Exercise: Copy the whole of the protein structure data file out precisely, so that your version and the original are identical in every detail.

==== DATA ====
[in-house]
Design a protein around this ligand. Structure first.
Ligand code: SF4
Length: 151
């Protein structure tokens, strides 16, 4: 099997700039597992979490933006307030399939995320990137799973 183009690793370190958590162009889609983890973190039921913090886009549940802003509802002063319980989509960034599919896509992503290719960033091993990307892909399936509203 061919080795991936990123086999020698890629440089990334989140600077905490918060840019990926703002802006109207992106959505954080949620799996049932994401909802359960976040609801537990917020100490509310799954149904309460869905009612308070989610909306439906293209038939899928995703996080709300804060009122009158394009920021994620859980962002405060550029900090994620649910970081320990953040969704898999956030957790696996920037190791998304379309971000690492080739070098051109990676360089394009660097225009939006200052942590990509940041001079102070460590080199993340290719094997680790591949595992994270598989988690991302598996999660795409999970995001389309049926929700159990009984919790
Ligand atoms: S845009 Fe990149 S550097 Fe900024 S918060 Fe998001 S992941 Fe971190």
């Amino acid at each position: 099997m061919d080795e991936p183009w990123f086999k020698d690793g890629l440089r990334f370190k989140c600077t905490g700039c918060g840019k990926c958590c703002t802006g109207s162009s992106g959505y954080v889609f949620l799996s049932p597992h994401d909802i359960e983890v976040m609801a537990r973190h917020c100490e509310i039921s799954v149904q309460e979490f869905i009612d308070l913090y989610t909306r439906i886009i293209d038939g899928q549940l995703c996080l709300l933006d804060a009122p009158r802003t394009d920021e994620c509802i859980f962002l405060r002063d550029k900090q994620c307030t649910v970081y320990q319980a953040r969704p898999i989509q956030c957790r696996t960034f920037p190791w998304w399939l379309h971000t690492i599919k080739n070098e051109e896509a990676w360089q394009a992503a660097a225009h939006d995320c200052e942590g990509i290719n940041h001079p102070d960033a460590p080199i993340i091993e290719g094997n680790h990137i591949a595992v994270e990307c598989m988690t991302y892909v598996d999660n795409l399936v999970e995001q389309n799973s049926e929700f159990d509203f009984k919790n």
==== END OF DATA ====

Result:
[in-house]
Design a protein around this ligand. Structure first.
Ligand code: SF4
Length: 151
């Protein structure tokens, strides 16, 4: 099997700039597992979490933006307030399939995320990137799973 183009690793370190958590162009889609983890973190039921913090886009549940802003509802002063319980989509960034599919896509992503290719960033091993990307892909399936509203 061919080795991936990123086999020698890629440089990334989140600077905490918060840019990926703002802006109207992106959505954080949620799996049932994401909802359960976040609801537990917020100490509310799954149904309460869905009612308070989610909306439906293209038939899928995703996080709300804060009122009158394009920021994620859980962002405060550029900090994620649910970081320990953040969704898999956030957790696996920037190791998304379309971000690492080739070098051109990676360089394009660097225009939006200052942590990509940041001079102070460590080199993340290719094997680790591949595992994270598989988690991302598996999660795409999970995001389309049926929700159990009984919790
Ligand atoms: S845009 Fe990149 S550097 Fe900024 S918060 Fe998001 S992941 Fe971190």
């Amino acid at each position: 099997m061919d080795e991936p183009w990123f086999k020698d690793g890629l440089r990334f370190k989140c600077t905490g700039c918060g840019k990926c958590c703002t802006g109207s162009s992106g959505y954080v889609f949620l799996s049932p597992h994401d909802i359960e983890v976040m609801a537990r973190h917020c100490e509310i039921s799954v149904q309460e979490f869905i009612d308070l913090y989610t909306r439906i886009i293209d038939g899928q549940l995703c996080l709300l933006d804060a009122p009158r802003t394009d920021e994620c509802i859980f962002l405060r002063d550029k900090q994620c307030t649910v970081y320990q319980a953040r969704p898999i989509q956030c957790r696996t960034f920037p190791w998304w399939l379309h971000t690492i599919k080739n070098e051109e896509a990676w360089q394009a992503a660097a225009h939006d995320c200052e942590g990509i290719n940041h001079p102070d960033a460590p080199i993340i091993e290719g094997n680790h990137i591949a595992v994270e990307c598989m988690t991302y892909v598996d999660n795409l399936v999970e995001q389309n799973s049926e929700f159990d509203f009984k919790n």